CCA strongly condemns violence against Christian homes and churches in Jaranwala, Pakistan

Programme Review and Programme Direction

Two key deliberative sessions during the 15th CCA General Assembly are the Programme Review and Programme Direction sessions.

The Programme Review and Programme Direction sessions will both be conducted in three groups relating to the CCA’s programme areas, namely, (i) General Secretariat (GS), (ii) Mission in Unity and Contextual Theology (MU) and Ecumenical Leadership Formation and Spirituality (EF); and (iii) Building Peace and Moving Beyond Conflicts (BP) and Prophetic Diakonia (PD).

Assembly participants will have the option to join one of three groups for both the Programme Review and Programme Direction sessions. For the sake of coherence, the assigned group will remain the same for both sessions.

General Secretariat

The General Secretariat oversees the coordination of programmatic, administrative, and financial activities of the organization. The GS comprises various departments such as church and ecumenical relations, relations with ecumenical partners, finance, administration, and communications, which provide crucial support and services for the implementation of programs and contribute to the overall functioning of the CCA.

Programmes: Relations with member churches and councils, ecumenical partners; advocacy at the United Nations; ecumenical responses to emerging issues in solidarity; income development and finance; and communications.

Mission in Unity and Contextual Theology (MU) and Ecumenical Leadership Formation and Spirituality (EF)

Under the MU programme area, the CCA accompanies Asian churches to strengthen their mission and witness in multi-religious contexts, revitalise and nurture church unity and the Asian ecumenical movement, and develop contextual theological foundations.

Programmes: Asian Movement for Christian Unity (AMCU); Congress of Asian Theologians (CATS); Asian women doing theology in the context of wider ecumenism; contextualisation of theology in Asia and ecumenical theological education.

The EF programme area focuses on nurturing and developing ecumenical leaders in Asia. The programme aims to enhance spiritual formation and theological understanding, enabling people to actively engage in ecumenical dialogue and collaboration.

Programmes: Ecumenical Enablers’ Training in Asia (EETA); Asian Ecumenical Institute (AEI); Youth and Women Leadership Development; Ecumenical Spirituality and Nurturing of Contextual Liturgical Traditions; Asia Sunday

Building Peace and Moving Beyond Conflicts (BP) and Prophetic Diakonia and Advocacy (PD)

The BP programme area is dedicated to promoting peace, justice, and reconciliation in Asia’s diverse contexts. Through training, advocacy, and dialogue, the programme addresses the root causes of conflicts, empowers communities, and fosters sustainable peacebuilding initiatives.

Programmes: Pastoral Solidarity Visits; Churches in Action for Moving Beyond Conflict and Resolution; Young Ambassadors of Peace in Asia (YAPA); Ecumenical Women’s Action Against Violence (EWAAV); Eco-Justice for Sustainable Peace in the Oikos.

The PD programme area focuses on promoting justice, human rights, and social transformation in Asia. Through advocacy, capacity-building, and raising awareness, the programme addresses systemic injustice, empowers marginalised communities, and advocates for prophetic actions and meaningful change.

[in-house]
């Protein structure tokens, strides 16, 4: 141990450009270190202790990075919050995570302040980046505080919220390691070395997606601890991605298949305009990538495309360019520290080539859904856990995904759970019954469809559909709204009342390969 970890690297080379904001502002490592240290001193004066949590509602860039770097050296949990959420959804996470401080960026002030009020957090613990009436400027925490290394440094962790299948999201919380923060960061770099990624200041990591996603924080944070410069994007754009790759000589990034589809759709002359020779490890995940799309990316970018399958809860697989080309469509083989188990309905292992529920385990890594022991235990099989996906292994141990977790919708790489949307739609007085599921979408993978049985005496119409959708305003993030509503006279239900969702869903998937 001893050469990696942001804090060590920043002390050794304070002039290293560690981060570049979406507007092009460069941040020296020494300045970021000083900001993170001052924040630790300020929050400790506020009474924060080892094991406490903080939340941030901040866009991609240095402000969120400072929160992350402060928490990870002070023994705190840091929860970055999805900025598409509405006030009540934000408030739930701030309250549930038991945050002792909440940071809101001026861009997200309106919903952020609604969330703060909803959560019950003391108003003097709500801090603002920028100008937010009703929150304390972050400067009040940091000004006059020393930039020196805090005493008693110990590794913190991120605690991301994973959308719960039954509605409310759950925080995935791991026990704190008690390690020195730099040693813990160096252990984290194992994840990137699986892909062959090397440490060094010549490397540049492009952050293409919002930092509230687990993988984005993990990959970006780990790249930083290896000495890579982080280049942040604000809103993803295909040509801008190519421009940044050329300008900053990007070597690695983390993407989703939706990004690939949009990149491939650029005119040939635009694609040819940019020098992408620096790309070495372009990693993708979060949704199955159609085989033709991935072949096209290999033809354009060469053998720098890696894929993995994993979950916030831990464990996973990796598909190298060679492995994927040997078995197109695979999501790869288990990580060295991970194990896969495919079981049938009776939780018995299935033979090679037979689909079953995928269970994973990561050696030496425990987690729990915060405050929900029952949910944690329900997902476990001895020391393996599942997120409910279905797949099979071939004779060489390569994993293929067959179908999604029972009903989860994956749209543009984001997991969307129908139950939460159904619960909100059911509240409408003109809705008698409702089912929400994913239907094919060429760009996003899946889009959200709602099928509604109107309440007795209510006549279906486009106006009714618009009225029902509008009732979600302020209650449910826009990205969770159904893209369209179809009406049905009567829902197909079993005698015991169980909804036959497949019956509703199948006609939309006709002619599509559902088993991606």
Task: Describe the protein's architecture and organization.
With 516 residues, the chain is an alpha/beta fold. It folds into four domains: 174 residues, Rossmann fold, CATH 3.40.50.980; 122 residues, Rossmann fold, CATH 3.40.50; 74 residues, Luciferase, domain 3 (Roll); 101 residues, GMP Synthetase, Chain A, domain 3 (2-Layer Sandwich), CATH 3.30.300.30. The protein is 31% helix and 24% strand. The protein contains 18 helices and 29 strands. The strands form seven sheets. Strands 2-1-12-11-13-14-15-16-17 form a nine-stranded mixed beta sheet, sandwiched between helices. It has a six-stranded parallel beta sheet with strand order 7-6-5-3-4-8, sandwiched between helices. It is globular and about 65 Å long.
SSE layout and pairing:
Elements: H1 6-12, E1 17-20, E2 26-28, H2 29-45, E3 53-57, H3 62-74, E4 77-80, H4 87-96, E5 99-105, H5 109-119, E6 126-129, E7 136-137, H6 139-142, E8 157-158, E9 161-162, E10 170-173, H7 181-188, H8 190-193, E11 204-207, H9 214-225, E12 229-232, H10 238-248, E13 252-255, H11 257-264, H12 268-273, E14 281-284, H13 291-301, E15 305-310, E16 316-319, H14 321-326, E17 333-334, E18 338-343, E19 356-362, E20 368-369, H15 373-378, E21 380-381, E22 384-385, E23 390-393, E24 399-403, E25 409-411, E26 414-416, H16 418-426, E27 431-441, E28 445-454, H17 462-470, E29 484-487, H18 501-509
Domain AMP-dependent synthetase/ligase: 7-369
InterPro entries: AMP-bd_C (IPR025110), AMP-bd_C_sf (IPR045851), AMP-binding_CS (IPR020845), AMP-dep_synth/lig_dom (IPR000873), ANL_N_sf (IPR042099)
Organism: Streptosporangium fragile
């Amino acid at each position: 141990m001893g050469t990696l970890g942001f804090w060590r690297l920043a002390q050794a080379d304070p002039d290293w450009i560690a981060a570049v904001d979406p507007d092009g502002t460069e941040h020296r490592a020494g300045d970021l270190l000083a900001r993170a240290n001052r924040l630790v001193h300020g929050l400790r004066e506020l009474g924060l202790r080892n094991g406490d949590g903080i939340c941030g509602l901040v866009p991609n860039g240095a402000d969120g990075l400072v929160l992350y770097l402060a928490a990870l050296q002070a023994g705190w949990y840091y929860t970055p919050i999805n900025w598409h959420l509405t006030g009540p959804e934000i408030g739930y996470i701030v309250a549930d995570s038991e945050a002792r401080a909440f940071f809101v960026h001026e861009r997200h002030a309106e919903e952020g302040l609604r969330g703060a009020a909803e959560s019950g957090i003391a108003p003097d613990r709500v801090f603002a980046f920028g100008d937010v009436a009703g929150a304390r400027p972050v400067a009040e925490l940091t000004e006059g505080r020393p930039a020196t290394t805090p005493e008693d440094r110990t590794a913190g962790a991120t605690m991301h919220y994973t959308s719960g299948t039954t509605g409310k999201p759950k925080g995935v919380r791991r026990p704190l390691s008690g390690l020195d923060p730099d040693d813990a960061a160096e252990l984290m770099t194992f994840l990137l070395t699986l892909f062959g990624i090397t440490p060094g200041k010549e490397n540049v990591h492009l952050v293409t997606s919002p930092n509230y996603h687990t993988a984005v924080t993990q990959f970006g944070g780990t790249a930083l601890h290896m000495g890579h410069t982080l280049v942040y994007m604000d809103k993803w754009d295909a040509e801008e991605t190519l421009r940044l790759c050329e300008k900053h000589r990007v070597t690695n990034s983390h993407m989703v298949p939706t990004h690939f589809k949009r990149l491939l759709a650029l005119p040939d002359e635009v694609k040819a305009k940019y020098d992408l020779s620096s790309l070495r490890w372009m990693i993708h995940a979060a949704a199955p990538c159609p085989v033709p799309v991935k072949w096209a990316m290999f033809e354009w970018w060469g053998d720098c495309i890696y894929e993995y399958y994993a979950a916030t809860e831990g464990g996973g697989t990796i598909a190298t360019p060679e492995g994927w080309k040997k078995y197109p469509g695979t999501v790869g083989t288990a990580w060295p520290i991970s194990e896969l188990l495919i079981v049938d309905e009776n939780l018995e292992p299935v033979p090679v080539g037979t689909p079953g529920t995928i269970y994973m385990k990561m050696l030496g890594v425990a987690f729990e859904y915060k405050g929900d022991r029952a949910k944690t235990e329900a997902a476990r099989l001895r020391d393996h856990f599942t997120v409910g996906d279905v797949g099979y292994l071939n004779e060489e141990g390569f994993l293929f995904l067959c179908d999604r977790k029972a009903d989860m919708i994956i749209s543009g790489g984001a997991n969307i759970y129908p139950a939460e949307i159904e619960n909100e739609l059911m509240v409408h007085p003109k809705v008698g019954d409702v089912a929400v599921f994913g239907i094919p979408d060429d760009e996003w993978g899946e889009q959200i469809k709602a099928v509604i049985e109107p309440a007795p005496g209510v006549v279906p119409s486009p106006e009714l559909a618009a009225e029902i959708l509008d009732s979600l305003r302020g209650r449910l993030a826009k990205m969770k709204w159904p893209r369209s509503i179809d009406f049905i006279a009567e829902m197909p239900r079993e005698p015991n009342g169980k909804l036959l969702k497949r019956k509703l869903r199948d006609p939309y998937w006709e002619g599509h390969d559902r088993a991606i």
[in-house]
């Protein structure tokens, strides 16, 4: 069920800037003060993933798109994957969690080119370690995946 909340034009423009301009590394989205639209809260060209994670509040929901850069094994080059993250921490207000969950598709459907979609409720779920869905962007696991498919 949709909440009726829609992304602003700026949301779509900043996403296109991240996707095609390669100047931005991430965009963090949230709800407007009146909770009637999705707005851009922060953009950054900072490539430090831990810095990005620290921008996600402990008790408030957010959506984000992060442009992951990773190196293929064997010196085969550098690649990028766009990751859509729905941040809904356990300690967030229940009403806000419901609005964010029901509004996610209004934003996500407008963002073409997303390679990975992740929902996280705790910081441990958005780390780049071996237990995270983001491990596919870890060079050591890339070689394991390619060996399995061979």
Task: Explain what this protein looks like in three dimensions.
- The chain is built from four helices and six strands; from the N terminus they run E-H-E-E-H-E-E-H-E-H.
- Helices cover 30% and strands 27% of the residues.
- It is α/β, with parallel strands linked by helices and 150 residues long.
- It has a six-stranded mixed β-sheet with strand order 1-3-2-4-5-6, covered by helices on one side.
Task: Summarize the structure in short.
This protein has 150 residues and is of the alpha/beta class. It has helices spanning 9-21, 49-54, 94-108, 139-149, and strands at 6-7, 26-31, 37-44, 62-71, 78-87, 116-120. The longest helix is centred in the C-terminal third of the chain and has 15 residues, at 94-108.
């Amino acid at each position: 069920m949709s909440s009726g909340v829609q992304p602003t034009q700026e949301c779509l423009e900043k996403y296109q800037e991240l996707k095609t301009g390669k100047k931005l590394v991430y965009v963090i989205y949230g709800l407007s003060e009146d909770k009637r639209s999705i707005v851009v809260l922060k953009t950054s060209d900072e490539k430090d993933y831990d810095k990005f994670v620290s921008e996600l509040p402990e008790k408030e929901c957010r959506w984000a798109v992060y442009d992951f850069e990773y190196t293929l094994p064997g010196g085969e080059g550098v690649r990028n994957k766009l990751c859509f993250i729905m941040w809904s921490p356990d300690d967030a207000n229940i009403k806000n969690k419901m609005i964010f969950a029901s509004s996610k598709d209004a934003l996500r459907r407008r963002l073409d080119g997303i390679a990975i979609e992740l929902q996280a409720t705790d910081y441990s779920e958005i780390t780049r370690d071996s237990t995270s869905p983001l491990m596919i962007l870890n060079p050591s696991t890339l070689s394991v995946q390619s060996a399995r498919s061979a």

Programmes: Human Rights advocacy; Migration, Statelessness, and Trafficking in Persons; Asian Ecumenical Disability Advocacy Network; Asian Advocacy Network on the Dignity and Rights of Children (AANDRoC); Ecumenical Solidarity Accompaniment and Diakonia in Asia (ESADA); Health and Healing; Good Governance; Action Together to Combat HIV and AIDS in Asia (ATCHAA).

No preference updated.

    Chiang Mai, Thailand: The General Secretary of the Christian Conference of Asia (CCA), Dr Mathews George Chunakara, strongly condemned the attacks on the churches and homes of Christian families in Jaranwala, Faisalabad district, of the Punjab province in Pakistan. 

    On 16 August, two Christians were allegedly accused of committing blasphemy and violating the Quran. Angry mobs soon descended onto Maharanwala Basti, a predominantly Christian neighbourhood, and set fire to eleven churches and several houses and shops, which forced over 500 families to vacate. The misuse of social media by community leaders to incite religious intolerance and violence is also reproachable.

    A Statement released by the CCA General Secretary condemned the targeted attacks on the Christian community in Jaranwala and appealed for an immediate end to the violence. 

    Pakistani Christians make up a little over one percent of the population in Pakistan. The Christian community in Pakistan is one of the most marginalised in the world, facing dire socio-economic conditions due to caste-based religious and occupational discrimination, threats of forced conversion, and false allegations of blasphemy. 

    The violence faced by the Christian community in Jaranwala is the latest in a recent spate of alleged accusations of blasphemy against Christians in different Pakistani cities. A lack of meaningful action from authorities further propels widespread impunity.

    In the statement, the CCA denounced the weaponisation of Pakistan’s blasphemy laws against minority groups and called for immediate police intervention and for the safeguarding of Christian residences and churches to prevent further violence. 

    The full text of the CCA’s General Secretary’s Statement on the violence against Christian homes and churches in Pakistan can be found below: